For Nov. 25, 2012: Christ the King/The Reign of Christ, Year B

The Reading            Daniel 7:9-10, 13-14

In 165 BC, the very existence of Judaism was threatened. The Book of Daniel, written in response, contains an early example of apocalypse, or writing about the end times. Today’s reading tells a vision of a judgment scene presided over by a dazzling Ancient One—the Ancient of Days, in older translations. The court gives a grant of everlasting kingship and glory to someone like a human being. Listen for echoes of this in the second reading.

The Response            Psalm 93

The Epistle            Revelation 1:4b-8

The reading from Daniel related a vision of awesome judgment and the commissioning of one like a human being as eternal king. The book of Revelation, written at the end of the first century AD, is both a letter and another apocalypse. Today’s reading is from the beginning of the book; it sounds a theme like that in Daniel, but now the “one like a human being” is named—as Jesus Christ who loves us.

The Gospel            John 18:33-37

 

Further thoughts

On Christ the King Sunday, we celebrate both the end of the Pentecost season and the dominion of Jesus Christ over (as the book of Daniel puts it) “all peoples, nations, and languages”: this formulaic phrase is clearly intended to include absolutely everybody, whether by association, birth, or culture.  The book of Daniel foresees one like a human being to whom this dominion—this power—is given; we Christians naturally assume that Jesus the Son of Man is intended. The reading from Revelation names the one who comes in the clouds as Jesus but otherwise paints a similar picture: Jesus is coming in glory and judgment and, crucially, power. Revelation specifies that on his account all the tribes will wail, and that makes sense given what we think we know of the way power works.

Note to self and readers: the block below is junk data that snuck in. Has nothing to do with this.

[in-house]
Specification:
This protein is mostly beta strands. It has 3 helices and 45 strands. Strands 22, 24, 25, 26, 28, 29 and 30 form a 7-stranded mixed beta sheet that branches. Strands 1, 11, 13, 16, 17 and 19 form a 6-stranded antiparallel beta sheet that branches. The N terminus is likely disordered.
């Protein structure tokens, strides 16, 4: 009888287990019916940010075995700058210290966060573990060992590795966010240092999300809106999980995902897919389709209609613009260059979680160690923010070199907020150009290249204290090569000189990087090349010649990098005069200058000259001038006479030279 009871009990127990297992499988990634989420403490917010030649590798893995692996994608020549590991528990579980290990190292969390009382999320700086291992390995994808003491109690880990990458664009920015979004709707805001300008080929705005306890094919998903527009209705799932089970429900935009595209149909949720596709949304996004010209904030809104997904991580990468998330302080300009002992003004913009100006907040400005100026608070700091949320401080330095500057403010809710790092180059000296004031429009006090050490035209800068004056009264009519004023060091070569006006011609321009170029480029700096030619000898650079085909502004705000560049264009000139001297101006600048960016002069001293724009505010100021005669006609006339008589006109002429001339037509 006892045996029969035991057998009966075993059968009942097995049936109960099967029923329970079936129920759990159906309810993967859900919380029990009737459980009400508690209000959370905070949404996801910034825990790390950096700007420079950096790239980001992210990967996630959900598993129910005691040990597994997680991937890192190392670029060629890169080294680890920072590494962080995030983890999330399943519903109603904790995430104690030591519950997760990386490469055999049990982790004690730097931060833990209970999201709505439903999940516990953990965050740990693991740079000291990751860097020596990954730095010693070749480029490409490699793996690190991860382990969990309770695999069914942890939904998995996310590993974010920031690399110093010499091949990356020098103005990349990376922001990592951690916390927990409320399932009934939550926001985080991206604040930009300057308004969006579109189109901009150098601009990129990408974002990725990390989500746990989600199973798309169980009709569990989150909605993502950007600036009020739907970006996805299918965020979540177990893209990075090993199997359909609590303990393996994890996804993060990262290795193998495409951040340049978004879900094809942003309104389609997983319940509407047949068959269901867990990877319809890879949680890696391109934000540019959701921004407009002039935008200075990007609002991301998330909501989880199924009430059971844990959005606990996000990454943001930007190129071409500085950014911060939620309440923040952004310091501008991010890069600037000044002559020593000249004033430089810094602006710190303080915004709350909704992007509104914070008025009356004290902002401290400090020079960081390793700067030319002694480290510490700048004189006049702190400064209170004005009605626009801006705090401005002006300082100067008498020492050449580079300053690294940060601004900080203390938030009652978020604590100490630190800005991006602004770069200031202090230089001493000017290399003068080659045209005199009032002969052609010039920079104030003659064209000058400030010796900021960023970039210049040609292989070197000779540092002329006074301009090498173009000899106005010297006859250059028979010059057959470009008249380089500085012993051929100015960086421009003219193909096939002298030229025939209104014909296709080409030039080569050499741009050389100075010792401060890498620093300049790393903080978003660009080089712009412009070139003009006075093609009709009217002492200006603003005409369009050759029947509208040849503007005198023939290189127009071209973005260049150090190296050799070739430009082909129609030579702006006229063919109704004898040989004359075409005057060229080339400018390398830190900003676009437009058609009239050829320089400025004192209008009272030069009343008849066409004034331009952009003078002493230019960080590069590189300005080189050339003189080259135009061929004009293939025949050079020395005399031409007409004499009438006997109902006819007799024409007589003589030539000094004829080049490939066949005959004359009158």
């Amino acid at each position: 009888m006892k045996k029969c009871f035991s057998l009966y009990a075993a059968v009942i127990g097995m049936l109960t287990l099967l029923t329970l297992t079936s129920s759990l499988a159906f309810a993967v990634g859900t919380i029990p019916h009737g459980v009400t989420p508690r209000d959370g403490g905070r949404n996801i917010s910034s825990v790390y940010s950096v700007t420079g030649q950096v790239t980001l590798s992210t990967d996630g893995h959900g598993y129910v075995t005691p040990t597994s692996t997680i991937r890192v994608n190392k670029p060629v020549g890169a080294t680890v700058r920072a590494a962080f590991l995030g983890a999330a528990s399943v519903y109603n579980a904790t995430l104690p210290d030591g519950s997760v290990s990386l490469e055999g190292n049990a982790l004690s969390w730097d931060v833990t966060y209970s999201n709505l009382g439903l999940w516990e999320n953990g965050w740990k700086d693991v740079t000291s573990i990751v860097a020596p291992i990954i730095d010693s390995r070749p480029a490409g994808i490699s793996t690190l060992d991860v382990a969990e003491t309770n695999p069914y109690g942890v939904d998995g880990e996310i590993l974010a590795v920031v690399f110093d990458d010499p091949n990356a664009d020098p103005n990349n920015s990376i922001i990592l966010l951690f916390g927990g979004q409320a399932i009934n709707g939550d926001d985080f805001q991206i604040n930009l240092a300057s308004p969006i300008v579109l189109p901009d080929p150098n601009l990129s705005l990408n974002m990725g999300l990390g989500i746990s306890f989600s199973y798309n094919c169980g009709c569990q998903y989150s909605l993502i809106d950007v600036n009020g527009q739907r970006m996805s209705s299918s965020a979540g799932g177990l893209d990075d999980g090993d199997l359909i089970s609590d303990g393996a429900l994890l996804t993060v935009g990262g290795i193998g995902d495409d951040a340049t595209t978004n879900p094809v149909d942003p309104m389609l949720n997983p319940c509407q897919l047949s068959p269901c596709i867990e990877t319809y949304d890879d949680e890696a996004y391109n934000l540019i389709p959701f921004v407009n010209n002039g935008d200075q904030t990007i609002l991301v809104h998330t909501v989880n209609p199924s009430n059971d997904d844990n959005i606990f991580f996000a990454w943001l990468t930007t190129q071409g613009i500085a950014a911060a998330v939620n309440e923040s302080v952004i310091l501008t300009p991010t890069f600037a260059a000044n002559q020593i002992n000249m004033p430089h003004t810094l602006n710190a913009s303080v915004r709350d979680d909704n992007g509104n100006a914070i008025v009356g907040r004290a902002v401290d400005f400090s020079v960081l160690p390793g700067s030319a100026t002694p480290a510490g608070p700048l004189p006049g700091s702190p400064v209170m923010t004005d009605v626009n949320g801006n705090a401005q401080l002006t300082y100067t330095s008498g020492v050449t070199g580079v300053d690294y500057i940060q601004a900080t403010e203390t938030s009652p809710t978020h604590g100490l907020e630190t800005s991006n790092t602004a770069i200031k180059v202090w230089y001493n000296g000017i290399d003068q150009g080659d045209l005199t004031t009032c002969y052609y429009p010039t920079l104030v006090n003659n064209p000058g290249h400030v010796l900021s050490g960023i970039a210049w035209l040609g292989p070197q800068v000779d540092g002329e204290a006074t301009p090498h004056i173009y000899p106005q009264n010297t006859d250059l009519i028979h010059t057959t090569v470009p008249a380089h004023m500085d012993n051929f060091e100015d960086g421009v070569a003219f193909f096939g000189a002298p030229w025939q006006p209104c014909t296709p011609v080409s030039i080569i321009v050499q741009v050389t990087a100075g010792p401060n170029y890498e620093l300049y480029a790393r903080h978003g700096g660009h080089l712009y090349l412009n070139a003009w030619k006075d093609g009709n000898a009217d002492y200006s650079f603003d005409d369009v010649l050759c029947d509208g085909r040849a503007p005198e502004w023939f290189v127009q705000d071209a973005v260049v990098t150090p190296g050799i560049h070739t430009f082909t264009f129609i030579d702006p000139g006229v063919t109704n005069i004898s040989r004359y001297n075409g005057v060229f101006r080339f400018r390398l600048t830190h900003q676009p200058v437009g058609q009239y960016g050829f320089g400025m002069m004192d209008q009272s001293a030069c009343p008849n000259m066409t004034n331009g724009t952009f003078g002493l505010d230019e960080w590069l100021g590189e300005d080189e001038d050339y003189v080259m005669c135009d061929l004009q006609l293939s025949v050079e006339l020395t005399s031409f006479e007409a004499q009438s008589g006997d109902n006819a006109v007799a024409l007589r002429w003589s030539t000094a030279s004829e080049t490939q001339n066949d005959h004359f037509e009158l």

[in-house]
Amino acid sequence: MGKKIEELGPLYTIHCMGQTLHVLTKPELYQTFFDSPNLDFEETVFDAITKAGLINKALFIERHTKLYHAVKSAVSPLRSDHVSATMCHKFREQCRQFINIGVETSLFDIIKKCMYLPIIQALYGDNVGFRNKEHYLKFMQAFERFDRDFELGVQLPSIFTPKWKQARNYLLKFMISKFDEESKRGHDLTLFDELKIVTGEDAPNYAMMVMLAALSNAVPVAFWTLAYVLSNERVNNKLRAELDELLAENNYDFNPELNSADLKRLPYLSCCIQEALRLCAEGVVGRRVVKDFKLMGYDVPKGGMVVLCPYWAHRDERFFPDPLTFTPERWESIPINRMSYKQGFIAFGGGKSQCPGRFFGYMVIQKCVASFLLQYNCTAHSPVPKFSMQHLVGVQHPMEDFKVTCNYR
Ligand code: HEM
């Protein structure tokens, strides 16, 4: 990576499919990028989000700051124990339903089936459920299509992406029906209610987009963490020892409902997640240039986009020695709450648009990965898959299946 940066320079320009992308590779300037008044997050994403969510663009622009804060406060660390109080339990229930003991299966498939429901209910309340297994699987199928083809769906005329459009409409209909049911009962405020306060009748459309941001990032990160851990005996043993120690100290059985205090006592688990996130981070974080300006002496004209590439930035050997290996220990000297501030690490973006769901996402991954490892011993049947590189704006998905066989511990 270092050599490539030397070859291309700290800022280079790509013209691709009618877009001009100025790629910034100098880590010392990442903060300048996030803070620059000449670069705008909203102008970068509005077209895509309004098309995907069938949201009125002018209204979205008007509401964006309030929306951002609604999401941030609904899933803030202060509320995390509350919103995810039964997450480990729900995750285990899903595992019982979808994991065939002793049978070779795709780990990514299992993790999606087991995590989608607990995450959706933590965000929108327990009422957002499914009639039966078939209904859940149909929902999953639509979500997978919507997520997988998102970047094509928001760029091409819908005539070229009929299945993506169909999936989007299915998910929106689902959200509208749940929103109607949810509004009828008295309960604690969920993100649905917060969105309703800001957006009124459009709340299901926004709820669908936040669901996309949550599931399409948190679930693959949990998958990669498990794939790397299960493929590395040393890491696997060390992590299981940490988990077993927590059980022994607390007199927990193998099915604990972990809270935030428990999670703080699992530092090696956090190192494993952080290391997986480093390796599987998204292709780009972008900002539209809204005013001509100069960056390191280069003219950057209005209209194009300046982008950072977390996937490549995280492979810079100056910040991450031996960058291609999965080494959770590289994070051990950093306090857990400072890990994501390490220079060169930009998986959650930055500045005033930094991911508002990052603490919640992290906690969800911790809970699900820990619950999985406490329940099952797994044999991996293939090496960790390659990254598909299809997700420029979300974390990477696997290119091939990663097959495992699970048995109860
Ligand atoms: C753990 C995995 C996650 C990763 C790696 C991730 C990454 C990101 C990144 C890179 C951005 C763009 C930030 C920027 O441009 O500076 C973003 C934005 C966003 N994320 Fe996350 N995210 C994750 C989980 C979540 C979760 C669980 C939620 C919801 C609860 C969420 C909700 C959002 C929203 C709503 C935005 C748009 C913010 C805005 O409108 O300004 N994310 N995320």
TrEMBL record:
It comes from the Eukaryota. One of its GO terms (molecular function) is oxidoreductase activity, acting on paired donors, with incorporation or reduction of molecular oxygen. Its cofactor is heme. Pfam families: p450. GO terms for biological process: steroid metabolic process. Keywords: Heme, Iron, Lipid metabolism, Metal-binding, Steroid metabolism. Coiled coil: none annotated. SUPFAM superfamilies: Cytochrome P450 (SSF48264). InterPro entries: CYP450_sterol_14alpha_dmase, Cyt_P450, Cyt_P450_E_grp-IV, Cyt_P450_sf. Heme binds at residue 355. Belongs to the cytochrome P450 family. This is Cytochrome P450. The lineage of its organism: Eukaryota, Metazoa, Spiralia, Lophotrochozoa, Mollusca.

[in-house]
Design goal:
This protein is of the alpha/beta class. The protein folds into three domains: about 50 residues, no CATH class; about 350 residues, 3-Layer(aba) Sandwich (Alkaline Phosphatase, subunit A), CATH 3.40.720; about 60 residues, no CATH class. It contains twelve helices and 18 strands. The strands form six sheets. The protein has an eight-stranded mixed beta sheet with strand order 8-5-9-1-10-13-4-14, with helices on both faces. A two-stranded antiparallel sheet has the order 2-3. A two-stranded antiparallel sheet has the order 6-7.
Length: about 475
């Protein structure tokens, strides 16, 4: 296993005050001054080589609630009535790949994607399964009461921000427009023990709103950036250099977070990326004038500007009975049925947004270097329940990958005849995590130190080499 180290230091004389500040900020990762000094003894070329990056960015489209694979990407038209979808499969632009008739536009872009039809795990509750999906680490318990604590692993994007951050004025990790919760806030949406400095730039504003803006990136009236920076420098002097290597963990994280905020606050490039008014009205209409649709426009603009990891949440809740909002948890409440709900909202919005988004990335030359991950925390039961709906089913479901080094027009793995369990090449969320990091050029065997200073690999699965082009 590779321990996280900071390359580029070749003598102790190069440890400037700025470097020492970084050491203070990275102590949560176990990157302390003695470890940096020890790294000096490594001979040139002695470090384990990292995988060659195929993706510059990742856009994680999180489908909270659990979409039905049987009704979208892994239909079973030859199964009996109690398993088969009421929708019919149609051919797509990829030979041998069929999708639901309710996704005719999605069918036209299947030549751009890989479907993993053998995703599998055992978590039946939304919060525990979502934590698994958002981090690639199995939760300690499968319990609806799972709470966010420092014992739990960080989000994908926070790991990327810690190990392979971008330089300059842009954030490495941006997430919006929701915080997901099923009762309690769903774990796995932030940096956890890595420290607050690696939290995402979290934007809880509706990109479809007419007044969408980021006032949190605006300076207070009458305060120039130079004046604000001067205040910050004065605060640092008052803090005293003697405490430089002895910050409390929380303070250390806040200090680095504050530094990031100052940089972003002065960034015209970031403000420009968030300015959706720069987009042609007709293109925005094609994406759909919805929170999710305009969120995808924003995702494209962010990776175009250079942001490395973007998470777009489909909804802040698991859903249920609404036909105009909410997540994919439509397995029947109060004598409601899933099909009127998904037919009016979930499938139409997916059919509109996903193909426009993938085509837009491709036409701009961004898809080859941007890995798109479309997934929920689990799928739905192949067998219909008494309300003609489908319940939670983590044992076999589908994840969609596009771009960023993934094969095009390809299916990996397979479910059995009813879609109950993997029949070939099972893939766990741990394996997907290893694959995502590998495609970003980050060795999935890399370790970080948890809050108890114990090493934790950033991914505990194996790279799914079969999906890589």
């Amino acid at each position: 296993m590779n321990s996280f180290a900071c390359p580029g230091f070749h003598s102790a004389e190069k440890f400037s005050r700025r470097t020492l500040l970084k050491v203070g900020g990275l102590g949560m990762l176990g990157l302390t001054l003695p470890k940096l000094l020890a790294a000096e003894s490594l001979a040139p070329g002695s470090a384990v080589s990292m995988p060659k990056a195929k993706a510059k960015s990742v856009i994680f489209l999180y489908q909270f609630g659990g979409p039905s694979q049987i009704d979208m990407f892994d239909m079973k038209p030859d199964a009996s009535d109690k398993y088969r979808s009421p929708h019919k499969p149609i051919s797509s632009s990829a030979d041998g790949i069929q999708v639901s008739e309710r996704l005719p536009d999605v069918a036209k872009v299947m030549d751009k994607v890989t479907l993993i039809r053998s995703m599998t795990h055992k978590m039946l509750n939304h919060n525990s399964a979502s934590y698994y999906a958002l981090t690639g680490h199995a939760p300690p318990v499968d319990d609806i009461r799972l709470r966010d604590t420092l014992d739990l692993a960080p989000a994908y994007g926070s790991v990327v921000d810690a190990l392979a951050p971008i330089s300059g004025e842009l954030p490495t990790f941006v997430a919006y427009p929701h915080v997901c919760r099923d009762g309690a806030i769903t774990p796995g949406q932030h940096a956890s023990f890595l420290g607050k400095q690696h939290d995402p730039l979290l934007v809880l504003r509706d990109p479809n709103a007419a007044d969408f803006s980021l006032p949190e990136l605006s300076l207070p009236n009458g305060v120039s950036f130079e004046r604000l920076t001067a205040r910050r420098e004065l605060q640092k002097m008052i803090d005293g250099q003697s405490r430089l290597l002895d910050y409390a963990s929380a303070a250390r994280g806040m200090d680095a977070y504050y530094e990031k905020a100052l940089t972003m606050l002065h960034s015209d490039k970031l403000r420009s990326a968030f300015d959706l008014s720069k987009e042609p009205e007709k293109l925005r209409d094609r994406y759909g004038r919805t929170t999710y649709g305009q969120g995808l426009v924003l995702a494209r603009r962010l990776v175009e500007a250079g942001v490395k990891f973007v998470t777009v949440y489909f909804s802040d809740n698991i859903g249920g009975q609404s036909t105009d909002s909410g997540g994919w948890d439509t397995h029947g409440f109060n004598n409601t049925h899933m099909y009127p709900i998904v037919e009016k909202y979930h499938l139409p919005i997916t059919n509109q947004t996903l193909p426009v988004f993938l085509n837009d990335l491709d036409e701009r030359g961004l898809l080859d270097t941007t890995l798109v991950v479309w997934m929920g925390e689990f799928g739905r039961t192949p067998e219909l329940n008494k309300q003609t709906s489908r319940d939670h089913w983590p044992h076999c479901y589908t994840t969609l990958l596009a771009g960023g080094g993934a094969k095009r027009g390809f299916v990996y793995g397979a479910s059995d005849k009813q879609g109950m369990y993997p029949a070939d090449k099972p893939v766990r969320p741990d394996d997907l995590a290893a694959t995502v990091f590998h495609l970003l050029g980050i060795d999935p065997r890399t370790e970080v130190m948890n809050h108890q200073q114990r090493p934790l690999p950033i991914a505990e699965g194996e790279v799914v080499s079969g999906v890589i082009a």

In the gospel, however, the picture is different. Jesus who was and is and is to come stands before the local representative of the great Roman Empire. Pilate, like the rest of us, knows what powerlessness looks like and he knows what power looks like—but Jesus looks like… well, Jesus: if an ordinary man under accusation, then remarkably unshaken before the Roman who can quite easily order him crucified; if a king, then disturbingly unconcerned with the familiar trappings and prerogatives of power.

So just what kind of king is this, anyway?

The kind of king who attends to the despised and broken-hearted. The kind of king who performs astonishing healings and forbids the word to spread. The kind of king who declines to be stampeded by society into condemning obviously guilty women. The kind of king who washes his inferiors’ feet. The kind of king who undertakes to die to save the very people who are out to kill him and yet whom not even death can vanquish.

And if Jesus so breaks the mold when it comes to kingship, what must it mean for our place in his kingdom that he calls us not subjects but brothers and sisters and partners in bringing God’s love to the world?

Advertisements

0 Responses to “For Nov. 25, 2012: Christ the King/The Reign of Christ, Year B”



  1. Leave a Comment

Leave a Reply

Fill in your details below or click an icon to log in:

WordPress.com Logo

You are commenting using your WordPress.com account. Log Out / Change )

Twitter picture

You are commenting using your Twitter account. Log Out / Change )

Facebook photo

You are commenting using your Facebook account. Log Out / Change )

Google+ photo

You are commenting using your Google+ account. Log Out / Change )

Connecting to %s





%d bloggers like this: